In this episode I’m talking about recent things I’ve been teaching in my classes including some grammar and some social English. There’s an absolutely massive amount of grammar crammed into this episode and quite a lot of silly improvisation too!
I’ll give an overview of the groups I’m teaching,and what I’m teaching them including some grammar and vocab. Essentially you can learn what my students have been learning. I’ll also talk about some considerations I make as a teacher and activities I use.
The classes are quite low, probably lower than the average listener of this podcast.
Two classes – A2 (pre-intermediate) and B1.2 (good intermediate)
CEFR A0 – A1 – A2 – B1 – B2 – C1 – C2
Needs of the groups
Gradable and ungradable adjectives
I’ve been using Cutting Edge Intermediate 3rd edition, but a little bit of googling reveals several pages online with good sources of info and some exercises, such as this one from Espresso English . net, which I am paraphrasing.
|Extreme Adjective (absolutely, completely)
|bad||awful, terrible, horrible|
|big||huge, gigantic, massive, enormous|
|good||wonderful, fantastic, excellent|
Another type of extreme adjective is called an “absolute” adjective.
These are words that are either “yes or no.” It’s binary, black and white, there’s no grading – not even with words like ‘completely’. For example, dead – you can’t be “a little bit dead” or “very dead” – either YES, you are dead, or NO, you’re not dead.
Here’s a list of some absolute adjectives and their opposites:
It’s fun to play with these ones. I find it funny to grade these absolute adjectives and when you do it knowingly it starts to reveal how you can bend the language to make it humourous or ironic.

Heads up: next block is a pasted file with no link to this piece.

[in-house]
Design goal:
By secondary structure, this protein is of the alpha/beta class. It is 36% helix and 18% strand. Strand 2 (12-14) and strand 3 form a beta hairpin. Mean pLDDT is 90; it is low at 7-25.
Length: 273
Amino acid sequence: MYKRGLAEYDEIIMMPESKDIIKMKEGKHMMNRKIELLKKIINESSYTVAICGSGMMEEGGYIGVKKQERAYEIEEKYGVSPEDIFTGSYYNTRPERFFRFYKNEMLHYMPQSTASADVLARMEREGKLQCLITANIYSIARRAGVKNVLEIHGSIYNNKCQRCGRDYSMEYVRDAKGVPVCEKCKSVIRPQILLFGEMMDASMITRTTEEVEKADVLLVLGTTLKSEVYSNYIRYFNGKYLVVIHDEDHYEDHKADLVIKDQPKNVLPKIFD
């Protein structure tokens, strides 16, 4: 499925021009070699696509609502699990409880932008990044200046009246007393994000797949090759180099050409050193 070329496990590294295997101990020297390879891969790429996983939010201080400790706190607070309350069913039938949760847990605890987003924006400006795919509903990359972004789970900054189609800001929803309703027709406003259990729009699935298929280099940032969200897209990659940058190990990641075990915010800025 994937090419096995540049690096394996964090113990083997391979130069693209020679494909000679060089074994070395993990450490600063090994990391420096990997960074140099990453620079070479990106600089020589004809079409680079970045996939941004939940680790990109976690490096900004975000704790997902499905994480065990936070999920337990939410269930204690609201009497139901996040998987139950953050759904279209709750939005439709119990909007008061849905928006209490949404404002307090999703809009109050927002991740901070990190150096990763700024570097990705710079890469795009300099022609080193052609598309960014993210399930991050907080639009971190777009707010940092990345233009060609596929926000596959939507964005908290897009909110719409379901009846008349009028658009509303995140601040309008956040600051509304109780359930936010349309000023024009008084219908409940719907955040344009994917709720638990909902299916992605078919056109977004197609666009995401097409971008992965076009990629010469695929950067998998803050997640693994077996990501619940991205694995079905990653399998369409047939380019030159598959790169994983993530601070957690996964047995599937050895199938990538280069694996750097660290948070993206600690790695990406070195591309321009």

|Equal (all animals are equal…)||unequal|
|married||single / divorced / separated / widowed|
Exercises here www.espressoenglish.net/extreme-adjectives-in-english/
Present simple vs present continuous
Present simple: Facts, always true, habits (things you do every time) and also permanent situations.
Present continuous: What you’re doing right now. Temporary truths. Things that are changing (e.g. social trends). Future plans.
Present continuous, going to & will for future
Making polite requests
Borrow and lend
Could you lend me your
Could I borrow your
Could I borrow your xxx from you?
Do you mind _ing
Would you mind _ing
I was wondering if you could
Do you think you could…
You couldn’t… could you?
What are you doing on Saturday?
I’m not doing anything.
Would you like to have a drink?
Do you fancy having a drink?
Shall we have a drink?
Let’s have a drink shall we?
Do you want to have a drink?
How about we have a drink?
What about having a drink?
Sure that sounds great.
I’d love to.
That sounds great, but…
I’d love to, but…
I can’t make it
The Lying Game
Mystery Story Narrative Tenses